Just today media reported that a court in the French Mediterranean island of Corsica has upheld a burkini ban issued by a local mayor, despite the fact that a higher court recently ruled against the ban. The past couple of weeks have been rife with imagery positioning Western women in bikinis alongside Muslim women in burkinis, presenting what’s intended to be a vision of the liberated woman vs the oppressed woman. But surely there’s more to this conversation than women’s clothing? Surely it’s not as simple as bikini = freedom, burkini = oppression?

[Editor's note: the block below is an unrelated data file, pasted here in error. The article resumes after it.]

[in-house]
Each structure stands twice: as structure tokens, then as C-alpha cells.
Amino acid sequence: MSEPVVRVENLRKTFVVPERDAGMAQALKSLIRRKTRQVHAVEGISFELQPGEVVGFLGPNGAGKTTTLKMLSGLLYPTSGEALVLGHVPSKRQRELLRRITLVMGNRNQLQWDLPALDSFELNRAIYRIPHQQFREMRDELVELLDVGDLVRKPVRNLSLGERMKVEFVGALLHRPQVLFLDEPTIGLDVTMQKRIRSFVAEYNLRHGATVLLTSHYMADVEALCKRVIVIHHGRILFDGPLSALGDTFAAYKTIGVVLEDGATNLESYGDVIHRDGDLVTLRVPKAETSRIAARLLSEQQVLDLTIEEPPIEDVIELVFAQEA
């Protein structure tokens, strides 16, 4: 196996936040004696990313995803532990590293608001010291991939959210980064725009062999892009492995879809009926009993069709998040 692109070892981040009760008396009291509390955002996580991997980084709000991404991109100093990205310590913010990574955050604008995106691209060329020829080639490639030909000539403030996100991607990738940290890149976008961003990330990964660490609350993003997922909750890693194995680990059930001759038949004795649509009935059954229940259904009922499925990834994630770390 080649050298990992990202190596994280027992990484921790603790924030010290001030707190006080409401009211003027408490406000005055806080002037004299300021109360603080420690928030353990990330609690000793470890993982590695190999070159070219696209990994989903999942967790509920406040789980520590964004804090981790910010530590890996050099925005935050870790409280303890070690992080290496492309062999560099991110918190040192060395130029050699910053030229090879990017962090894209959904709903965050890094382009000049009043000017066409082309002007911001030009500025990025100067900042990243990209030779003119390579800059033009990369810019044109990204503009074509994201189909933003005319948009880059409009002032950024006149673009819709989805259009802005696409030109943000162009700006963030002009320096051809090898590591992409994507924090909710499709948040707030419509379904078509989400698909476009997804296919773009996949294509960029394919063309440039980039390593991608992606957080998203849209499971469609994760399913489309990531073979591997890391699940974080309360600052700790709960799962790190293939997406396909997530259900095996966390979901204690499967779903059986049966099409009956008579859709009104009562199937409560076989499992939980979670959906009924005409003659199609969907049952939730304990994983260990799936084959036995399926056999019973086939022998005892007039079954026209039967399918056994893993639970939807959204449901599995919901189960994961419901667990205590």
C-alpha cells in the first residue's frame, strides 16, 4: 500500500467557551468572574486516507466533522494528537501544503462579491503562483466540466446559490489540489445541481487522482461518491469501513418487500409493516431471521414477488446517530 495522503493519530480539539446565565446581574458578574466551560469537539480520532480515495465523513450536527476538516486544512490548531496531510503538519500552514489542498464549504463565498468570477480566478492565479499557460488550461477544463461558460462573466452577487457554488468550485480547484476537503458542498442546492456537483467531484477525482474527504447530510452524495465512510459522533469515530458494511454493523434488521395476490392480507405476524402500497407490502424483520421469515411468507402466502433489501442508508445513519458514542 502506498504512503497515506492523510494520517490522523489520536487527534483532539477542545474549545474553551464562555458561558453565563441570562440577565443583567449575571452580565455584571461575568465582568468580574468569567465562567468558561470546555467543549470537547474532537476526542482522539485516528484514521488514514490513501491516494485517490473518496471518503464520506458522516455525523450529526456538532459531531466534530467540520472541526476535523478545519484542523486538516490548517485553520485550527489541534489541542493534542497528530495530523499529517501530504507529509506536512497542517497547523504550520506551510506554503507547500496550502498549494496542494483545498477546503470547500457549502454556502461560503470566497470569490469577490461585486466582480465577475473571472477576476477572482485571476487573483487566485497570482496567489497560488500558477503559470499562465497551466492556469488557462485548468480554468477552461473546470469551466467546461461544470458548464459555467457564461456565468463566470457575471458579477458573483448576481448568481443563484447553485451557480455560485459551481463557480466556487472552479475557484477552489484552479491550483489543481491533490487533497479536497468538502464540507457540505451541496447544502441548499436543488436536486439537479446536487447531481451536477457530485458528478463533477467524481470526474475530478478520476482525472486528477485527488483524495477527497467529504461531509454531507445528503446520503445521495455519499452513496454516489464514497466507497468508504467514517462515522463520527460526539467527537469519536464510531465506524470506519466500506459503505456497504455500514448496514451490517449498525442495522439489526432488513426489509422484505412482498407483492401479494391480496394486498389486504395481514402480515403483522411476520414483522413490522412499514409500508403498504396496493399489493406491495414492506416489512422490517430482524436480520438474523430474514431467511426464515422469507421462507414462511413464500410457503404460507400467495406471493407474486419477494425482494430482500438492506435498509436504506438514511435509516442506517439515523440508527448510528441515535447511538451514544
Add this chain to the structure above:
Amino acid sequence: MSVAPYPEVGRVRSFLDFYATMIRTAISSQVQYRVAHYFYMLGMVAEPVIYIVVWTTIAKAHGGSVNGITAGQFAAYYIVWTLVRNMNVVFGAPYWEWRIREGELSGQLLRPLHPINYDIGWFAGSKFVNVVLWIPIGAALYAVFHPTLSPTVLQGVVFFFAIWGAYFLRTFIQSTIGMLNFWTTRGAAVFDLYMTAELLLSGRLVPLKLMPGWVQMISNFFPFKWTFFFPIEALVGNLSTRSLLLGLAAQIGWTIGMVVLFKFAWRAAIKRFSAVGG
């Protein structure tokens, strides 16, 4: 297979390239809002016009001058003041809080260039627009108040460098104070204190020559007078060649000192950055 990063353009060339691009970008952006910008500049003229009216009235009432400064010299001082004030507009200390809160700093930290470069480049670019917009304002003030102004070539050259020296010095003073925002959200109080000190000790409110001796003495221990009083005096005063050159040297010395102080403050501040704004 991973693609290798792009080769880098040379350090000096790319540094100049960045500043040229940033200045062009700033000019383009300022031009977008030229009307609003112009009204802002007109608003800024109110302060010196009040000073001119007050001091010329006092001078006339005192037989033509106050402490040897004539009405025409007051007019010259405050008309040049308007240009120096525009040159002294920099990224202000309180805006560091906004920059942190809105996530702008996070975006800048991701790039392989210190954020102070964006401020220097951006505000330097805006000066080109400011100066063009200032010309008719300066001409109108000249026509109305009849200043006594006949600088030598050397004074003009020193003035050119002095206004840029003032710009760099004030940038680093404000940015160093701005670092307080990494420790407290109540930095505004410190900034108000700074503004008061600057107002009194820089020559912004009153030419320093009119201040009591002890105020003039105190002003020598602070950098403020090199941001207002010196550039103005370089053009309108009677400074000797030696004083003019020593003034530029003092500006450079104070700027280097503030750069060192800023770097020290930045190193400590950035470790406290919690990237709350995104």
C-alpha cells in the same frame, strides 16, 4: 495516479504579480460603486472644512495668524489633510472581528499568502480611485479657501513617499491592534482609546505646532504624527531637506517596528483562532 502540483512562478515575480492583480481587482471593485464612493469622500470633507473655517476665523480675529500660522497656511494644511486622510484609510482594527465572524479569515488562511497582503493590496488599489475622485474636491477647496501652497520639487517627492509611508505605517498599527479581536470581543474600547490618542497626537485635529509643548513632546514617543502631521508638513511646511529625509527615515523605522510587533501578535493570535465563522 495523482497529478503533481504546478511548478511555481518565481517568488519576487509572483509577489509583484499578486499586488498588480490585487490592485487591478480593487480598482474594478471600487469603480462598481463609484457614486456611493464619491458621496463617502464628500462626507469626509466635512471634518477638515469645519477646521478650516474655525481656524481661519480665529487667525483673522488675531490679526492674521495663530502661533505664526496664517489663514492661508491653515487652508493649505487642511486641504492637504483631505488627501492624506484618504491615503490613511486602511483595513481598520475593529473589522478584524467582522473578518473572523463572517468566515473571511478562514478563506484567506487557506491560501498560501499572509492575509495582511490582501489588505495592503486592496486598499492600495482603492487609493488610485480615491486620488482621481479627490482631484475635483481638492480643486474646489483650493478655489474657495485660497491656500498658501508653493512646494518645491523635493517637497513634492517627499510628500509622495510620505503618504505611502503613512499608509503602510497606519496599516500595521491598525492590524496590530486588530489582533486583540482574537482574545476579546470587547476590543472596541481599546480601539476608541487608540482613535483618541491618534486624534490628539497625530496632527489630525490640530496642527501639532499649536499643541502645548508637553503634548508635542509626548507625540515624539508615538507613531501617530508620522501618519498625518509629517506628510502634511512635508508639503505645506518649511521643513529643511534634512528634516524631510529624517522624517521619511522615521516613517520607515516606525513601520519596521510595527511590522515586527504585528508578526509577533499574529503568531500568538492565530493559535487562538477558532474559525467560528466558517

In this episode, I speak with Natasha Bakht about the burkini, veiling, and how banning burqas and burkinis impacts Muslim women more broadly. Later in the interview, we discuss the situation with Homa Hoodfar, a Canadian-Iranian scholar whose work has centered around Western perceptions of the veil and hijab, as well as on women’s rights in Muslim societies. Homa has been detained in Iran’s Evin Prison since June.
Natasha is an associate professor of law at the University of Ottawa. Her research interests are generally in the area of law, culture and minority rights and specifically in the intersecting area of religious freedom and women’s equality.